On 13 March 2018, the Council of the European Union reached political agreement on a Council Directive (“Directive”) introducing mandatory disclosure rules for intermediaries such as lawyers, accountants and tax advisers. Intermediaries must report potentially aggressive tax planning arrangements with a cross-border dimension as well as arrangements designed to circumvent reporting requirements like CRS and UBO reporting. EU Member States’ tax authorities will exchange the information automatically within the EU through a centralized database.
The reporting obligation applies to intermediaries with residency, incorporation, professional registration or a permanent establishment in an EU Member State and only related to cross-border arrangements concerning at least one EU Member State. The Directive does not include a definition of aggressive tax planning. Instead it includes a list of features, elements and examples of arrangements that should present a strong indication of aggressive tax planning or the undermining of reporting obligations. Covered intermediaries must disclose such arrangements within 30 days after making them available to their clients.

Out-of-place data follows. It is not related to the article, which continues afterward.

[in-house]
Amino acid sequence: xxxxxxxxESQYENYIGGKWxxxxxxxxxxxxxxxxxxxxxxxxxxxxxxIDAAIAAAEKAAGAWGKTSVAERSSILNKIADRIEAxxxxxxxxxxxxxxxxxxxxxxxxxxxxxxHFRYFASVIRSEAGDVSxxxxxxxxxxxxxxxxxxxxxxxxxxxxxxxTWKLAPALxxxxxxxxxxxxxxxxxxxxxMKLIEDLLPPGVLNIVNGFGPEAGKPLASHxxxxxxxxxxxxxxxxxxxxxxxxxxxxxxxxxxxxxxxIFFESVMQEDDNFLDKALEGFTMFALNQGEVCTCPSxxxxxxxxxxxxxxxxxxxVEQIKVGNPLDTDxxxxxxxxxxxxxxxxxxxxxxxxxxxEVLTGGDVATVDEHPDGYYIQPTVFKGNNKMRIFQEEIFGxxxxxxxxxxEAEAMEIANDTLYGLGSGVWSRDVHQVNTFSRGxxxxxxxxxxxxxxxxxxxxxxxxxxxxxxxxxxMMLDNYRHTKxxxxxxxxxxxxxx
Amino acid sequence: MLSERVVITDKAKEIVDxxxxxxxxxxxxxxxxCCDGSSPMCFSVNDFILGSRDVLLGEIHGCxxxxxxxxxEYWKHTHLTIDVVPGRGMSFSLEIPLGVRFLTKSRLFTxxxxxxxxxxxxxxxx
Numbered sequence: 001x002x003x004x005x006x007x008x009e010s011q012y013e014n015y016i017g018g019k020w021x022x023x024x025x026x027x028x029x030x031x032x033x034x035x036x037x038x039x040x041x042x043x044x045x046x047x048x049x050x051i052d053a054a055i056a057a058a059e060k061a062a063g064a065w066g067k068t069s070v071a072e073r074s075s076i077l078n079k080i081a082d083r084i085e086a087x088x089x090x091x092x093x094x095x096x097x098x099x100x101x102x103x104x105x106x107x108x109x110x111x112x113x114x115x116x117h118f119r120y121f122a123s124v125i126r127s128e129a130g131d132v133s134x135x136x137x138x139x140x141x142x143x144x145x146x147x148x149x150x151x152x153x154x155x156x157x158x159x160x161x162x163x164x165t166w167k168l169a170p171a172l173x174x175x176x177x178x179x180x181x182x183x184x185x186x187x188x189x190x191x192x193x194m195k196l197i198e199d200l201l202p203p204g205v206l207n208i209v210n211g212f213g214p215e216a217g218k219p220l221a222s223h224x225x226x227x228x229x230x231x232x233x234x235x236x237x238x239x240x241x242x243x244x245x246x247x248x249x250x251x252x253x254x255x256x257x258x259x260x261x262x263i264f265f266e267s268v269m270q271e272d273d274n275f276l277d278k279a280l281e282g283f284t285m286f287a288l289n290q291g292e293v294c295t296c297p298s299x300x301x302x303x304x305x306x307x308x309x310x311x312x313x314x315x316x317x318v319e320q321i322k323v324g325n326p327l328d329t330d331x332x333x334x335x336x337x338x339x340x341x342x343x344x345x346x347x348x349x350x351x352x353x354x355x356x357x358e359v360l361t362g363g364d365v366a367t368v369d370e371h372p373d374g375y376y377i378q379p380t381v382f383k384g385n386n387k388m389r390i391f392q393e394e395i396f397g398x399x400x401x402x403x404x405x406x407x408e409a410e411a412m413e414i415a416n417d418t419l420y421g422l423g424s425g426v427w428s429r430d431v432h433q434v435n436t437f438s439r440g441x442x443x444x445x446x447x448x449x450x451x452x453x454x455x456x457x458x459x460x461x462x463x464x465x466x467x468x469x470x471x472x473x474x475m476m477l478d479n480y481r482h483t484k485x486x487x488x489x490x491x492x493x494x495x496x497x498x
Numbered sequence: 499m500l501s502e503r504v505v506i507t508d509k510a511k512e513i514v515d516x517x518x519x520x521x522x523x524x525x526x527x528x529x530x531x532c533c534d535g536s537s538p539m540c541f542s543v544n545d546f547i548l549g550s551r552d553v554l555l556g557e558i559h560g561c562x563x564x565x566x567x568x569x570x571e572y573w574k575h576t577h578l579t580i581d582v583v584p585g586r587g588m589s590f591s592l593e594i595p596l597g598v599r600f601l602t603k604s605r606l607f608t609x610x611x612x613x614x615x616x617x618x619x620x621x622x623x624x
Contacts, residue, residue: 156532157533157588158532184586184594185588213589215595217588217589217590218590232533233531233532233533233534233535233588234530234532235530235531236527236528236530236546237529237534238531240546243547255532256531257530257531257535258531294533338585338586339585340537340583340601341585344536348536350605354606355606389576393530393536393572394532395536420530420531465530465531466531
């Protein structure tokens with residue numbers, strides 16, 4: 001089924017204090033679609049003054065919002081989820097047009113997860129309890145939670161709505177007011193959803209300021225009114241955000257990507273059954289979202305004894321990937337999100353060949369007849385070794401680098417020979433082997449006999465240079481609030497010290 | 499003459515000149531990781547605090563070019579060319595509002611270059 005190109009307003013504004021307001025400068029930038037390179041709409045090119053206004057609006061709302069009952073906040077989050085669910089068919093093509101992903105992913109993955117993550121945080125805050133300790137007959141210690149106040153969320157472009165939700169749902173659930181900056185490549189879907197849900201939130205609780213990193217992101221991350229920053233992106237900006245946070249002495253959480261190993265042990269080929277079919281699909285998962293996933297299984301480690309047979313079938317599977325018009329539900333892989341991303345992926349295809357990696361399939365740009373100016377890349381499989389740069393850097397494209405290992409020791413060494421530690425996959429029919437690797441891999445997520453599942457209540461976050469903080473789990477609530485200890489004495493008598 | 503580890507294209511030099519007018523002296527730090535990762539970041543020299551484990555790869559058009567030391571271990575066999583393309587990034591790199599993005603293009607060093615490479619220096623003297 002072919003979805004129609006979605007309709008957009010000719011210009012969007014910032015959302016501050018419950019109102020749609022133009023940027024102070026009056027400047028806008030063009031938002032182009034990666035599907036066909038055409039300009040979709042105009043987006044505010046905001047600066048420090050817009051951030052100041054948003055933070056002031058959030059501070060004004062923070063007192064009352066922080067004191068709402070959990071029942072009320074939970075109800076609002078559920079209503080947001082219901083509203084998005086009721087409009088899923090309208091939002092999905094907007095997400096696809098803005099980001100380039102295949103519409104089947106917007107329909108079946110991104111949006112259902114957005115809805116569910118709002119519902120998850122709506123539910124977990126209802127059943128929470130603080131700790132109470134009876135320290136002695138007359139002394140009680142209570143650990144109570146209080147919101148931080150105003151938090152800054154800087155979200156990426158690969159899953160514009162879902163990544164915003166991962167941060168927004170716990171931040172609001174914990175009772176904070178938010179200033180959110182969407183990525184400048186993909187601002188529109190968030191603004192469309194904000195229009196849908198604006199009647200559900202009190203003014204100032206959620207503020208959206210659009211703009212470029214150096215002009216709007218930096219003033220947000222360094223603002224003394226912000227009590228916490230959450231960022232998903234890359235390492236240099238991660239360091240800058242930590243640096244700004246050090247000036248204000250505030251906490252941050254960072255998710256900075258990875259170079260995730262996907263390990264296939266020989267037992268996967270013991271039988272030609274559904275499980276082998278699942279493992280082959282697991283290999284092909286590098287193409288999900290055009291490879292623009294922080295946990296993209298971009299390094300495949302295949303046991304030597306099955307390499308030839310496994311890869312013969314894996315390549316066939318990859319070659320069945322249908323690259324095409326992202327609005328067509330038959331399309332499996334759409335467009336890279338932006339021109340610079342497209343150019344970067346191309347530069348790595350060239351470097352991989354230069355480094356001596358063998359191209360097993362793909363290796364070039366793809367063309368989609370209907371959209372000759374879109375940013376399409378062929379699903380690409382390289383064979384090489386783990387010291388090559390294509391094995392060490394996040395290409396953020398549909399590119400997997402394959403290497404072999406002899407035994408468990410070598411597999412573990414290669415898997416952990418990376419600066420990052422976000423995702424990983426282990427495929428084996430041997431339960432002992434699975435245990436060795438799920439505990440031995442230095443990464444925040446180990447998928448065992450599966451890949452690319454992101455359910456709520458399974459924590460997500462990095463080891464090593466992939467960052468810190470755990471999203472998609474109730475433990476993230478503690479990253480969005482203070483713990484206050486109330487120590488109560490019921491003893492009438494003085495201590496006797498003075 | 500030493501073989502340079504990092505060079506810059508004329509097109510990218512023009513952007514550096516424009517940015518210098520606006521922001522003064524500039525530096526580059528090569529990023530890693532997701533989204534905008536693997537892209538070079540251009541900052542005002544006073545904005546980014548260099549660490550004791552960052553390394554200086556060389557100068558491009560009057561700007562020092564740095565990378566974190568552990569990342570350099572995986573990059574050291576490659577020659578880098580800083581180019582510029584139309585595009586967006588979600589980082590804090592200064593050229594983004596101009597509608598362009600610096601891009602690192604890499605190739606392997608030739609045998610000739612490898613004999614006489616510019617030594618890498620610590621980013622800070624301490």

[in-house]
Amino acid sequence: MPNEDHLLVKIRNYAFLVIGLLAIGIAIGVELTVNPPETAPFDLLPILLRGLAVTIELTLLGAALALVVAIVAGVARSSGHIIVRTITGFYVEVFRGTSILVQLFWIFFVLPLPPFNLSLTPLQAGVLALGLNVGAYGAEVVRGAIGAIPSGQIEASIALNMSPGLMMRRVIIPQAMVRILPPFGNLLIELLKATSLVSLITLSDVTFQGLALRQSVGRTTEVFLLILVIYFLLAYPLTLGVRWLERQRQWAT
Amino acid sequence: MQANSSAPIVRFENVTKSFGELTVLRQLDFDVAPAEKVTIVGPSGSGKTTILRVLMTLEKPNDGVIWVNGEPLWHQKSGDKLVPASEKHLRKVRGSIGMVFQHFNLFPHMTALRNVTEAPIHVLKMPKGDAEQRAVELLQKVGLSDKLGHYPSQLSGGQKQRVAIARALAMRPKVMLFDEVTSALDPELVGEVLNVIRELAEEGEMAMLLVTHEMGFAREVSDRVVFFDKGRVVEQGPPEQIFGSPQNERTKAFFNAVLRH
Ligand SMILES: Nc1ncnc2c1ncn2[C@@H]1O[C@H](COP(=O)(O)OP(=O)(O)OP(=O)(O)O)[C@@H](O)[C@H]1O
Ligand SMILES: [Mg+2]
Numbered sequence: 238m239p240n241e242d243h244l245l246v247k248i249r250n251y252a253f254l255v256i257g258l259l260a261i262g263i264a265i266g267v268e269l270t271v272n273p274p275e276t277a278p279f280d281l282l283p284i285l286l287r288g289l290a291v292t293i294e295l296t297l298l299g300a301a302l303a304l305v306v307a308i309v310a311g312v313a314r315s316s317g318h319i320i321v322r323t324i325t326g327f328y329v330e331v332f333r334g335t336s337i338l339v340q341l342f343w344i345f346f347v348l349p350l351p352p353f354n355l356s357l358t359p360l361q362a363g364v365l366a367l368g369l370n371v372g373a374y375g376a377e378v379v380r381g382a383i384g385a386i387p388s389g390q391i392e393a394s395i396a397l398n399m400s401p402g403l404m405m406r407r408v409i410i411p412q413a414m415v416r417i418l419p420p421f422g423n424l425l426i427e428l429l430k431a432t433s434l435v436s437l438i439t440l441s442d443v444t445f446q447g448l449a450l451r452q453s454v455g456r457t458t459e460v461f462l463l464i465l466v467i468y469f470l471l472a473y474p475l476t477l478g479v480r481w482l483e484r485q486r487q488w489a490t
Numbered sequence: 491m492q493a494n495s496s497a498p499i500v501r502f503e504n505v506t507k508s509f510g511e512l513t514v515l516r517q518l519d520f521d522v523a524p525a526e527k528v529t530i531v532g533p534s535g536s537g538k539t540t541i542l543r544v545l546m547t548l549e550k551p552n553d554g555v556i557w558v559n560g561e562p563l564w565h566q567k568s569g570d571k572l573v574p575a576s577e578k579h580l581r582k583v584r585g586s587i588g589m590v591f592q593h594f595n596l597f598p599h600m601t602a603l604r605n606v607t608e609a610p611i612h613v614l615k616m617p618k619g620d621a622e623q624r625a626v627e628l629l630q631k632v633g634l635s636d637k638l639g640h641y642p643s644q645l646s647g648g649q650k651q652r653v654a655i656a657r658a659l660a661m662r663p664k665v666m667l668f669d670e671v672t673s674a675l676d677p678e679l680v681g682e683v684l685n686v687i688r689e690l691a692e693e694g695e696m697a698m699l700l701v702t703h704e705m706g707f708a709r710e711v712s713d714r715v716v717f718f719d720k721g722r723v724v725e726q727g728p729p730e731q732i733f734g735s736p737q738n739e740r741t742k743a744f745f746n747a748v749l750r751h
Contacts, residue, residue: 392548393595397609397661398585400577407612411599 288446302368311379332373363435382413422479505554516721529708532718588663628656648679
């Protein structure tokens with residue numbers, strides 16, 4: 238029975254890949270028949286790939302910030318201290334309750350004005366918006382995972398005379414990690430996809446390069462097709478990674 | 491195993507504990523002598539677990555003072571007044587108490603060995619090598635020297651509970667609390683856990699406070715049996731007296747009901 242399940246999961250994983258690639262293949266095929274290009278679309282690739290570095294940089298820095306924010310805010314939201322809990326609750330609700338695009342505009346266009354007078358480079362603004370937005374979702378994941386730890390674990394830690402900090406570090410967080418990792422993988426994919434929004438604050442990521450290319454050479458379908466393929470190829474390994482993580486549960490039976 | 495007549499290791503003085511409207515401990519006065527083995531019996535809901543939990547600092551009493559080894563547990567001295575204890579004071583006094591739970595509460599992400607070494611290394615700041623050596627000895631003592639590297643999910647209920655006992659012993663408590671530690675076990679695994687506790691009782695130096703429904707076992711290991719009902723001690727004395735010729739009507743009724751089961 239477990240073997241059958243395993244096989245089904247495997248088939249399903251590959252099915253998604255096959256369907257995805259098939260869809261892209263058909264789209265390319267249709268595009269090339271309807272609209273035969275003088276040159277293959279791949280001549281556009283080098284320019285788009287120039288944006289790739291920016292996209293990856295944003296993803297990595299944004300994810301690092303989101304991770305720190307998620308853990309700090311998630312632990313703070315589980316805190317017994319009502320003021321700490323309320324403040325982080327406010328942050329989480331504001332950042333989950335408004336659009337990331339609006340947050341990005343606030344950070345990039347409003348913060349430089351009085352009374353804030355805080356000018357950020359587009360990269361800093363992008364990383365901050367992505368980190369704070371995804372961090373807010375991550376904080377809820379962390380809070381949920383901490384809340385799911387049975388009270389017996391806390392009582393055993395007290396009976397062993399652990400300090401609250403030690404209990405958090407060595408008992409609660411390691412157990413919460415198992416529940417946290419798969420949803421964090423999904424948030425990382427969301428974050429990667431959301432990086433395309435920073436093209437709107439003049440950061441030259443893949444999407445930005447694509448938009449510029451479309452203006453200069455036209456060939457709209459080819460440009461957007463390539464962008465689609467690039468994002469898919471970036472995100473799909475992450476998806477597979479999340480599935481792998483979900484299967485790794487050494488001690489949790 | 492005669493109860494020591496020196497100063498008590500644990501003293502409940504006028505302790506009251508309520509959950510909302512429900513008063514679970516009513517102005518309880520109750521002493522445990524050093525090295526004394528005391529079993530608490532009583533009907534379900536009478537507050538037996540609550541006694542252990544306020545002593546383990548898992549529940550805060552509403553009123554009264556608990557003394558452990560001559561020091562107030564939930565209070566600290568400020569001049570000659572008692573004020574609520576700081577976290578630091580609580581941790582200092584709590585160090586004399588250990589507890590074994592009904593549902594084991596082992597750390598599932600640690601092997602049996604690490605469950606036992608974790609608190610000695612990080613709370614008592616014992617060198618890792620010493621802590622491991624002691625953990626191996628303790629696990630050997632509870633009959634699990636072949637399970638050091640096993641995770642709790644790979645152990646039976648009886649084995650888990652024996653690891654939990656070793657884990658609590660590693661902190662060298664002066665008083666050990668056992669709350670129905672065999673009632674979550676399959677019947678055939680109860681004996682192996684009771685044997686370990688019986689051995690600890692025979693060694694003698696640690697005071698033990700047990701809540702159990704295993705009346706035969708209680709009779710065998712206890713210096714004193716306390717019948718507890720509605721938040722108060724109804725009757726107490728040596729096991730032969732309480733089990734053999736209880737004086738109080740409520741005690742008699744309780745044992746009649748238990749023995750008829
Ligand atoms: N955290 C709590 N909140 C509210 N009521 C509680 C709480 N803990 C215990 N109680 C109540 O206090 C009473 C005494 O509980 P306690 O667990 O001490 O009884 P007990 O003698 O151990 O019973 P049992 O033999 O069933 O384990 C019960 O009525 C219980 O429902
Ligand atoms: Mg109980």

In certain cases, for instance when no intermediary is involved, when the intermediary does not have an EU presence or in the case of client-attorney privilege, the obligation to report lies with the client.
Member States must implement the Directive in their domestic laws ultimately on 31 December 2019 and apply it as from 1 July 2020. However, it will have retroactive effect for all reportable arrangements the first step of which was implemented in the time frame between the entry into force of the Directive (likely June/July 2018 after formal approval by the Council) and 1 July 2020. This means that starting summer 2018, intermediaries and their clients should already monitor all tax advice provided with a cross-border dimension and all advice concerning reporting requirements to ensure that a future obligation to report can be properly fulfilled.